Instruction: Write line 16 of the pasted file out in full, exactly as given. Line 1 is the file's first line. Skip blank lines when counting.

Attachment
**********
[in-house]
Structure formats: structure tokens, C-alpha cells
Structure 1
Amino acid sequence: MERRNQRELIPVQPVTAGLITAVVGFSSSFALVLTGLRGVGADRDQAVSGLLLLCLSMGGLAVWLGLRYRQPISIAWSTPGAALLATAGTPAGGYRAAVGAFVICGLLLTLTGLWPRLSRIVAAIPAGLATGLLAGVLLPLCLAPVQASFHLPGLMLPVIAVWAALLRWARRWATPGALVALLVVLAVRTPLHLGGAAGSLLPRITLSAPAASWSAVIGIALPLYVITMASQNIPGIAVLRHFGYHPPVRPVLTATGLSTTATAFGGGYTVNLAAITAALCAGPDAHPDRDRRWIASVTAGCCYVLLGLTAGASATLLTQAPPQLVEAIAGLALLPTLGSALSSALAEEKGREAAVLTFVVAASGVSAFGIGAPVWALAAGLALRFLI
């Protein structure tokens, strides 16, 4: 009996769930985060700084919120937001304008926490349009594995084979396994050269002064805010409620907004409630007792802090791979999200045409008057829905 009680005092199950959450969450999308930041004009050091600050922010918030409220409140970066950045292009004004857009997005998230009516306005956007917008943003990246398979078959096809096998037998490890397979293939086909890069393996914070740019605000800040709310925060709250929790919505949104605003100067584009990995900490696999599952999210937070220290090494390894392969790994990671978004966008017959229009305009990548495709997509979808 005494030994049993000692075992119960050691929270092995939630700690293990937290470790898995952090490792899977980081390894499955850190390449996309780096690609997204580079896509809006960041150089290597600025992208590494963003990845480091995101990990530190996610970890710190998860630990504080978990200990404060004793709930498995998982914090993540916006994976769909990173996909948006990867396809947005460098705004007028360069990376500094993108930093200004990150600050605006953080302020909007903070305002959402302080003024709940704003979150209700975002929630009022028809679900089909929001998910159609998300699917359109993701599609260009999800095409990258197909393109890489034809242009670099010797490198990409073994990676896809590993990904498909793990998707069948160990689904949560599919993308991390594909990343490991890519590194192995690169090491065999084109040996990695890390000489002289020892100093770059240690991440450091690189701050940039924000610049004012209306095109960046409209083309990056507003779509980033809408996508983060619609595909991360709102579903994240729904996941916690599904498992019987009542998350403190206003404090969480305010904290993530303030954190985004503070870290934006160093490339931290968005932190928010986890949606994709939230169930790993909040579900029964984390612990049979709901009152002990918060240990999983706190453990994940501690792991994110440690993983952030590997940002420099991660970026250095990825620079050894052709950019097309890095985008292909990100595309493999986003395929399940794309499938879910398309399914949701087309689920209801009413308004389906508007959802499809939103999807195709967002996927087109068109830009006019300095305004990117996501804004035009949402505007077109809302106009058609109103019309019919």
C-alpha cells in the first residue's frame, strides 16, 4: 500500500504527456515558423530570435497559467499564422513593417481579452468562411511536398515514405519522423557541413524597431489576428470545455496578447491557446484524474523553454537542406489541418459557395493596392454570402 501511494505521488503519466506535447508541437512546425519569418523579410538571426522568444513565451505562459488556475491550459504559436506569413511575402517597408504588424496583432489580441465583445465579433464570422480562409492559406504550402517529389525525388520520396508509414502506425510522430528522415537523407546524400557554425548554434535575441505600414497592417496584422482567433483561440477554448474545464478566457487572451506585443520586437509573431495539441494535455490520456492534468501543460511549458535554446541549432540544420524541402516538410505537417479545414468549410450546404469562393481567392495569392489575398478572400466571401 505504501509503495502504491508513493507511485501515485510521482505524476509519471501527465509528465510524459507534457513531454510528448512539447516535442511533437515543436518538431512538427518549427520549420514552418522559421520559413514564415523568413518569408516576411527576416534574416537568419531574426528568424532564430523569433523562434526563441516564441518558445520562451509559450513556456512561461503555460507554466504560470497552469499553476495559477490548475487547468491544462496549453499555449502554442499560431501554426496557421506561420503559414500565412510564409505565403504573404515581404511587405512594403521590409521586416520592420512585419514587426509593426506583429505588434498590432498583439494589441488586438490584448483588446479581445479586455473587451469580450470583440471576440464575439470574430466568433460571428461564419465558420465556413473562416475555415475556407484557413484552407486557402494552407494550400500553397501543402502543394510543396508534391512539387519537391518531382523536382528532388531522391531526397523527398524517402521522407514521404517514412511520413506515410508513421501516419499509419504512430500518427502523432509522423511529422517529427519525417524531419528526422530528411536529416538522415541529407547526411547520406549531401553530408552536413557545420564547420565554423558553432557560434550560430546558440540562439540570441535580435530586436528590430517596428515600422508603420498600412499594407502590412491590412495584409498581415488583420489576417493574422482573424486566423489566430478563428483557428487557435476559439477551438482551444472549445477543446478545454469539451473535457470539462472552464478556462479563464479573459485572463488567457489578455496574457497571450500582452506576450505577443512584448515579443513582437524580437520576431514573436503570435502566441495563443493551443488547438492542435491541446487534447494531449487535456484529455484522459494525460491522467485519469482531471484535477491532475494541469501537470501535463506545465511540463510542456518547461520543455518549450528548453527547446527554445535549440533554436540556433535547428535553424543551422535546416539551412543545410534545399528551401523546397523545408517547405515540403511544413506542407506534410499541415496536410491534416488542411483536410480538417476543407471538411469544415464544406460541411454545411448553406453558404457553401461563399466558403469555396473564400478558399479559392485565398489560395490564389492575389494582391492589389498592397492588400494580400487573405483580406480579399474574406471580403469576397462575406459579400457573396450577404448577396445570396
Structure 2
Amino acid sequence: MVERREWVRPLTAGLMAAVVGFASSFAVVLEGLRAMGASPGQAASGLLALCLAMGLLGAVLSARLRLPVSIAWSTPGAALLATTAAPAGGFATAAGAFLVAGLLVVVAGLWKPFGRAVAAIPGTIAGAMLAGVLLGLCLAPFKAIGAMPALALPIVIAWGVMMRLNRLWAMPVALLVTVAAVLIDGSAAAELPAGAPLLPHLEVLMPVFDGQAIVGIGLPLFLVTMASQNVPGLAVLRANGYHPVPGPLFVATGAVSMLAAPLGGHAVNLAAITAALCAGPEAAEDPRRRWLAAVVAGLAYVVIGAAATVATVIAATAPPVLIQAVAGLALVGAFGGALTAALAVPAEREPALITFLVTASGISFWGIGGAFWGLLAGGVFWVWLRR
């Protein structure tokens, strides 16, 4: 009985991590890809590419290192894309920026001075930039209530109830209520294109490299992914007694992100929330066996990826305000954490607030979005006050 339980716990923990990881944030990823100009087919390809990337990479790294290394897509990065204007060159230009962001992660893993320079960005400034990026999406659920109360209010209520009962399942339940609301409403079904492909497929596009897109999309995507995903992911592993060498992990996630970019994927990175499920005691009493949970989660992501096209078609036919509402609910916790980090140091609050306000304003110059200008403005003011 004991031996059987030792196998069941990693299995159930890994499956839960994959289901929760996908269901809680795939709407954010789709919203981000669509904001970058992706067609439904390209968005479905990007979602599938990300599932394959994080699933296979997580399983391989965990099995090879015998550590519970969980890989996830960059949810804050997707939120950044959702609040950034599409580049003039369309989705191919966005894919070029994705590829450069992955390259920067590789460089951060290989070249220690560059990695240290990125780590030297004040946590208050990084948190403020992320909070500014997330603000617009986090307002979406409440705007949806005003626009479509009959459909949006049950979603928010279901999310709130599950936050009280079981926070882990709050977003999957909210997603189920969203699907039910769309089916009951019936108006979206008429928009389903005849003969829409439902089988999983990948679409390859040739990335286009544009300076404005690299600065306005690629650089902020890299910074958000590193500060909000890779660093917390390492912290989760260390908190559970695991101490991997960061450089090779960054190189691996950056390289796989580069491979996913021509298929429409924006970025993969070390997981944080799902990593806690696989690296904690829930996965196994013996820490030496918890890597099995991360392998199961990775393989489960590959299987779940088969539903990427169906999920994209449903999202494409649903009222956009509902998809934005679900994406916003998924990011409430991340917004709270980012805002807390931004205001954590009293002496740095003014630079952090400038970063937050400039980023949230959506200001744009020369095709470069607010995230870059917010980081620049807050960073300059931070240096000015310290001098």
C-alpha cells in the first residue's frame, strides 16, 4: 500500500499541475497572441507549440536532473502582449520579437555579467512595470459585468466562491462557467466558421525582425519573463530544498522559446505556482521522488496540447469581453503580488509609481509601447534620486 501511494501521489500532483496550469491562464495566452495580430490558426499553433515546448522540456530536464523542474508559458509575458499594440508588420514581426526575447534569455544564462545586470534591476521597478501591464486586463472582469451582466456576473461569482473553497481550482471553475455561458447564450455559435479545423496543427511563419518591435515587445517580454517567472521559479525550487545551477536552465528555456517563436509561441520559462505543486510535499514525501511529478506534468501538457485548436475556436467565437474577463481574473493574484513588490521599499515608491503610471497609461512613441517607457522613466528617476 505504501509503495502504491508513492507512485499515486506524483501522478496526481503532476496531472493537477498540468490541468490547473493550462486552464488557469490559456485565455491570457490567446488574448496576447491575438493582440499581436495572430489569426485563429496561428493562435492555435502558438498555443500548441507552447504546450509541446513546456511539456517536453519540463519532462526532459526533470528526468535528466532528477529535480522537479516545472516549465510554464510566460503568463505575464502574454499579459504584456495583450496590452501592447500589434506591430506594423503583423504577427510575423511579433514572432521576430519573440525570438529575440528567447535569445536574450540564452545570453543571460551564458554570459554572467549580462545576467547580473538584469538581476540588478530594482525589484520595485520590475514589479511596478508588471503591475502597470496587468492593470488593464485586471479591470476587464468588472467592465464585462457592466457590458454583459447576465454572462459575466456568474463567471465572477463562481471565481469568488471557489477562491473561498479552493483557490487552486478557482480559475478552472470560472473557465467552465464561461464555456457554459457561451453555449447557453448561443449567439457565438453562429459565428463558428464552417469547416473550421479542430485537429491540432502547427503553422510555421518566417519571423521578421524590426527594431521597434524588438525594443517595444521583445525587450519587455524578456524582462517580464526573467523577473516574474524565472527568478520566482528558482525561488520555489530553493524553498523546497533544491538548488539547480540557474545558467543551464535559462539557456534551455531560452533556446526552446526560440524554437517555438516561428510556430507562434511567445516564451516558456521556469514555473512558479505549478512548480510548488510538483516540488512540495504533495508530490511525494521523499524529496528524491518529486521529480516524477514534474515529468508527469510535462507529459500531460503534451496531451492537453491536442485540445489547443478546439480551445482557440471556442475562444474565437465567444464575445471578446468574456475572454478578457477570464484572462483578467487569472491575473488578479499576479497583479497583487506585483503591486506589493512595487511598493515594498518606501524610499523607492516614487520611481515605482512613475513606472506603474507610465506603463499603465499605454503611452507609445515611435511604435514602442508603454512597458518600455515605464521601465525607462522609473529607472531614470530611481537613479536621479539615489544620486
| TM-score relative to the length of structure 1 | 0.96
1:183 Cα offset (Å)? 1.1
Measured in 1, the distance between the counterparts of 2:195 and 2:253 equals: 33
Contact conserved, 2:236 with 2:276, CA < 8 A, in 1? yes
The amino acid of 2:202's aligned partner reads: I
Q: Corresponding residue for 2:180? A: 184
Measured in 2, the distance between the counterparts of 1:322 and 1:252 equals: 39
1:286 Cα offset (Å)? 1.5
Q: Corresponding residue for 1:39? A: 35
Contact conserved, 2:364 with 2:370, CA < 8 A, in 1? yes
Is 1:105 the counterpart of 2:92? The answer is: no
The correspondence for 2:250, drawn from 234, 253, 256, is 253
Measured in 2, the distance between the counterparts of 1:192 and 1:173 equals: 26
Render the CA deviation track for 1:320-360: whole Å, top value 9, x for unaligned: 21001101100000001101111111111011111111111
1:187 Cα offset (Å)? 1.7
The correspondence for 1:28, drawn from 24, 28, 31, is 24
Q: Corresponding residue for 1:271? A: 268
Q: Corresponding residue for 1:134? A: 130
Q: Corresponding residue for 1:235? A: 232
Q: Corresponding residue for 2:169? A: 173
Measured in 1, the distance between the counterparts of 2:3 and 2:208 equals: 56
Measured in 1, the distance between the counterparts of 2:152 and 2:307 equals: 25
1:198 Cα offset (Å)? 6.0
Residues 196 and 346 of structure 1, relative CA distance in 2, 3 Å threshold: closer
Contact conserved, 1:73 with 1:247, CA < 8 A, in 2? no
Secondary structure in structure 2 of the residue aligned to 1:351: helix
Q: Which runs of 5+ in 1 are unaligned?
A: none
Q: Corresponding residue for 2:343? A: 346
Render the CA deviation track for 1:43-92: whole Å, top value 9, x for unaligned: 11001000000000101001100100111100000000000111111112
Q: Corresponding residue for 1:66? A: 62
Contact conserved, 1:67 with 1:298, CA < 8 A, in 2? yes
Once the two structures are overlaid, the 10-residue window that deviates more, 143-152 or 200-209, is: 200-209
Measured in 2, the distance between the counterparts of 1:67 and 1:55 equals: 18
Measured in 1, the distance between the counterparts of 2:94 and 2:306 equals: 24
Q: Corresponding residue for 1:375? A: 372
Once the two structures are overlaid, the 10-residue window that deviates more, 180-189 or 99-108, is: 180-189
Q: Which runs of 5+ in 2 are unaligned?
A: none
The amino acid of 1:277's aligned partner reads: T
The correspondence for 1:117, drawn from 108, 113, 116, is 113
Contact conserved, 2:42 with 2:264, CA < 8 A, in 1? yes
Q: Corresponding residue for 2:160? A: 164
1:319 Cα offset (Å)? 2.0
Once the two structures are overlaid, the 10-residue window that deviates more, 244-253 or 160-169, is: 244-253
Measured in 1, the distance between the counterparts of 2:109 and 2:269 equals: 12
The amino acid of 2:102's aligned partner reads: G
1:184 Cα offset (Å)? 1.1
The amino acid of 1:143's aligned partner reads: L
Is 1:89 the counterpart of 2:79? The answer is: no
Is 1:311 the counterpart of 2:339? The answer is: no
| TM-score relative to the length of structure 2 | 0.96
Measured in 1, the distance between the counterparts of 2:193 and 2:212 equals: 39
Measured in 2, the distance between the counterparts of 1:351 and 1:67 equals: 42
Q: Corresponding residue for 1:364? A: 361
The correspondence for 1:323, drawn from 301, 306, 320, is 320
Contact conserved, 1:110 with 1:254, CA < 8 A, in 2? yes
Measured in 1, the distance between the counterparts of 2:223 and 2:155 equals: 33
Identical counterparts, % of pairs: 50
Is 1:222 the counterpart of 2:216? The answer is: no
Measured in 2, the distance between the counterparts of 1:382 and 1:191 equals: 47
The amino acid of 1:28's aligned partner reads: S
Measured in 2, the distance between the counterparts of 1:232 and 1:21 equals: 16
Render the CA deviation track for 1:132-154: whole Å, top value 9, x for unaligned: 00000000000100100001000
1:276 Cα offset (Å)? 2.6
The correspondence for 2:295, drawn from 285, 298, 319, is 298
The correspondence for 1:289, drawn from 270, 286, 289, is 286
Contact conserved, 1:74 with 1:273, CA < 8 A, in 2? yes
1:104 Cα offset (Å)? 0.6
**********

Q: Corresponding residue for 2:180? A: 184